Print

Bipartisan Group of Legislators Announces Bill to Ensure that U.S. Policy Supports Hong Kong's Freedom and Democracy

Bipartisan Group of Legislators Announces Bill to Ensure that U.S. Policy Supports Hong Kong’s Freedom and Democracy

WASHINGTON, DC—Today U.S. Representatives Chris Smith (R-NJ), Eliot Engel (D-NY), Dana Rohrabacher (R-CA), and Dan Lipinski (D-IL) announced introduction of the Hong Kong Human Rights and Democracy Act, a bipartisan bill that would enhance U.S. monitoring of Hong Kong’s autonomy and human rights and ensure that these issues remain a cornerstone of U.S. policy.

“The steady erosion of Hong Kong’s autonomy, press freedoms, and the rule of law should be concerns of freedom-loving people everywhere,” said Smith, Chair of the Congressional-Executive Commission on China and the Congressional Hong Kong Caucus. “A status quo U.S. policy is unsustainable if Beijing continues to insist that Hong Kong become like mainland China.  Hong Kong's unique system has ensured prosperity and spurred the type of creativity and vitality that only comes with the advancement of fundamental freedoms. The special privileges the U.S. grants to Hong Kong can only endure if Beijing fulfills its longstanding obligation under international law to maintain Hong Kong’s autonomy, guarantee human rights and allow free and fair elections in 2017 and beyond.” 

Eliot Engel, Ranking Member of the House Foreign Affairs Committee, said “When the British returned the city of Hong Kong to the Chinese government in 1997, Beijing promised that Hong Kong would retain its special rights and autonomy. Beijing also set the expectation that, in 2017, the people of Hong Kong would be allowed to elect a leader through ‘universal suffrage.’ Recent events, including the August 2014 decision that proscribed limitations on Hong Kong’s electoral process, make clear Beijing intends instead to maintain a firm grasp on Hong Kong’s political development.  My concern is not just about election mechanics but about Hong Kong’s future as an open society under Beijing’s ‘one country, two systems’ regime.”

"US policy toward mainland China has for too long strived to engage the corrupt and gangster regime which rules that country,” said Dana Rohrabacher, Chairman of the Subcommittee on Europe, Eurasia, and Emerging Threats. “The future of China lies with its people, who value universal human rights, free expression and the rule of law. The Chinese Communist Party's subversion of democracy and civil society in Hong Kong is just the latest crime in their shameful history. Our government should stand with the free people Hong Kong and work to promote democracy there as in all of China." “In 2014, the world watched as thousands of Hong Kong’s citizens voiced their desire for universal suffrage and real electoral reform,” said Rep Lipinski (IL-3)  “U.S. policy must respond to the message the demonstrators sent, ensuring that Hong Kong maintains a democratic course in its elections, and preserves its political and economic autonomy from mainland China.  This bill is an important step towards protecting Hong Kong’s status and I am proud to join my colleagues in introducing this bipartisan legislation.  Efforts to silence the people of Hong Kong’s independent voice will undoubtedly have a serious impact on China’s relationship with the many nations of this world that stand for democracy and freedom.”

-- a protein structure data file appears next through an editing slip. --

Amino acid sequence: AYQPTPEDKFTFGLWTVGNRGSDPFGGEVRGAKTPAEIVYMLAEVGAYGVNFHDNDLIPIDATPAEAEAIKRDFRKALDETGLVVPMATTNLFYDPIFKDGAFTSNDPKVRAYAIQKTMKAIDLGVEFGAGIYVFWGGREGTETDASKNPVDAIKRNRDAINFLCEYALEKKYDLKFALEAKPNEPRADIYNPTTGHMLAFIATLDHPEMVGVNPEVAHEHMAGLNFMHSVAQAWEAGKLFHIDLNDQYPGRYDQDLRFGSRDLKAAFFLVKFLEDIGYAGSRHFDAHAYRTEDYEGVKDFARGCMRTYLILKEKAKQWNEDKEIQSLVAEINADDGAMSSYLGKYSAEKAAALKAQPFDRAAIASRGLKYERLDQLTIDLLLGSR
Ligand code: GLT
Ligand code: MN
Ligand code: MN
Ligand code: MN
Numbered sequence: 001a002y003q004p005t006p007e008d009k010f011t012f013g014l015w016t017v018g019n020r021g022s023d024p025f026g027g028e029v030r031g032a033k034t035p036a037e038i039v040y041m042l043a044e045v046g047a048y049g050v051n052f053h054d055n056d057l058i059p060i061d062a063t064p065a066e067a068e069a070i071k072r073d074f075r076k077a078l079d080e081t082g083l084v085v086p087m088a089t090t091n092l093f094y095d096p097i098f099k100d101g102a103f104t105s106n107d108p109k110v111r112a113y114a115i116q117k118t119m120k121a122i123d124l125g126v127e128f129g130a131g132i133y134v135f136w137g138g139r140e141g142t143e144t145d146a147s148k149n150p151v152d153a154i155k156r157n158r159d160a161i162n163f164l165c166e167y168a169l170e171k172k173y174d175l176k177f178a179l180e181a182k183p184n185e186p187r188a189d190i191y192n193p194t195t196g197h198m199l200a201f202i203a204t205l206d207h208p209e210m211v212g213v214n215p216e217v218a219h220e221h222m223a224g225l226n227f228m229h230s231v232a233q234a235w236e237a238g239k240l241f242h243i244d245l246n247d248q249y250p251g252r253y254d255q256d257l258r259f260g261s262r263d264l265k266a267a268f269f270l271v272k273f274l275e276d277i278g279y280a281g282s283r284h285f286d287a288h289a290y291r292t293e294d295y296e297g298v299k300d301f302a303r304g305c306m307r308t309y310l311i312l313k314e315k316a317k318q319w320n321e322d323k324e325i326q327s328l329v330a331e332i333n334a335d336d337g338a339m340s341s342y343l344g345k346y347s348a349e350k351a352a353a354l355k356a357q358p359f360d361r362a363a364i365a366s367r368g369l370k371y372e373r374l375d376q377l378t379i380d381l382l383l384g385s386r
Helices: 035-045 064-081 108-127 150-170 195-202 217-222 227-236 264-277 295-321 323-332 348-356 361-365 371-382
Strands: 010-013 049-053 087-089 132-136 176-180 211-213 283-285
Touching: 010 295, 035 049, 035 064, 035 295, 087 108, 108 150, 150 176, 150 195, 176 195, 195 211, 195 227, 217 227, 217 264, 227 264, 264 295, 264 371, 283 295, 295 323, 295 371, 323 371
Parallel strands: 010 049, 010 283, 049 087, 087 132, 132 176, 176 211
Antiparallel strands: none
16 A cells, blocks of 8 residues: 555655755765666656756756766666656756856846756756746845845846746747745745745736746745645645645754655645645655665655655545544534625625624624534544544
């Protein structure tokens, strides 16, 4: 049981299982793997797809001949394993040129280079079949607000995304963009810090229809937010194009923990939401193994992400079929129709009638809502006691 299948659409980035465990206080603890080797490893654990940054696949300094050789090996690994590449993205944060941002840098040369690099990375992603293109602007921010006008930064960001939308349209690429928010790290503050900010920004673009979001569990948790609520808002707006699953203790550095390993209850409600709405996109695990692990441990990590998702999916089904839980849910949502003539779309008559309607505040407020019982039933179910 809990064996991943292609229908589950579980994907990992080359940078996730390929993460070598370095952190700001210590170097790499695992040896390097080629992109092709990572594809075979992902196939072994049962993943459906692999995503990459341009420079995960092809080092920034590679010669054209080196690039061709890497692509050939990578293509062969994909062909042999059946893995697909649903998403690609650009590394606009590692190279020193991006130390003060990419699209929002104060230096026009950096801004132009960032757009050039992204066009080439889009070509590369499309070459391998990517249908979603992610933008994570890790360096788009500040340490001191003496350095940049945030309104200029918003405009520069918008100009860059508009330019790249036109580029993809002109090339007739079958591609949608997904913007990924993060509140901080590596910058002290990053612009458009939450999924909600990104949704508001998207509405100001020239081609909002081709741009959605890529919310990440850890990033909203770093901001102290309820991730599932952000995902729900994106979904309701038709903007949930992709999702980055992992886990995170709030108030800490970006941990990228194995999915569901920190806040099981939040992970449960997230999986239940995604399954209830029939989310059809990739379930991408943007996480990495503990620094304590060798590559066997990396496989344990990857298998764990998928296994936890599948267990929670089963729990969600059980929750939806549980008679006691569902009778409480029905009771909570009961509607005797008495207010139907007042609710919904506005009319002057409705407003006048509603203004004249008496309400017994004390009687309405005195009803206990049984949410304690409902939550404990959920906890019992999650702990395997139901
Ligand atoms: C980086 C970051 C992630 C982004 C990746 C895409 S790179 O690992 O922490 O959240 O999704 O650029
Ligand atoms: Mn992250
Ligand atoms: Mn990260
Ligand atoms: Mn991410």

The legislation updates the United States-Hong Kong Policy Act of 1992 by reinstating the U.S. State Department’s annual report on conditions in Hong Kong of interest to the United States. The bill would require the Secretary of State to certify annually that Hong Kong is sufficiently autonomous before enacting any new laws or agreements affording Hong Kong different treatment from the People’s Republic of China. The legislation would also allow the Secretary of State to waive the certification requirement on national security grounds.  

Since Hong Kong returned to Chinese sovereignty in 1997, Hong Kong was supposed to enjoy a “high degree of autonomy” and freedoms that do not exist in mainland China. Based on a 2007 decision by Beijing’s National People’s Congress Standing Committee (NSCSC), Hong Kong citizens expected to be allowed to freely elect their Chief Executive in 2017 and the entire Legislative Council in 2020 through “universal suffrage” elections. This past year, however, China took steps that erode Hong Kong’s autonomy and freedoms, including an August 2014 decision by the National People’s Congress (NPC) that raised very serious concerns that only pro-Beijing candidates would be nominated for Chief Executive in 2017.

The Hong Kong government is expected to finish a public consultation on electoral reform in March 2015 and shortly afterward propose a plan to conduct elections.  Given the tens  of thousands of Hong Kong people who demonstrated peacefully last year for democratic reforms, the Hong Kong and Chinese governments should seek new proposals for electoral reform, instead of insisting that any proposal adhere to the restrictive August 2014 NPC decision.  The Hong Kong police have arrested hundreds of participants from the 2014 protests and threatened prosecution.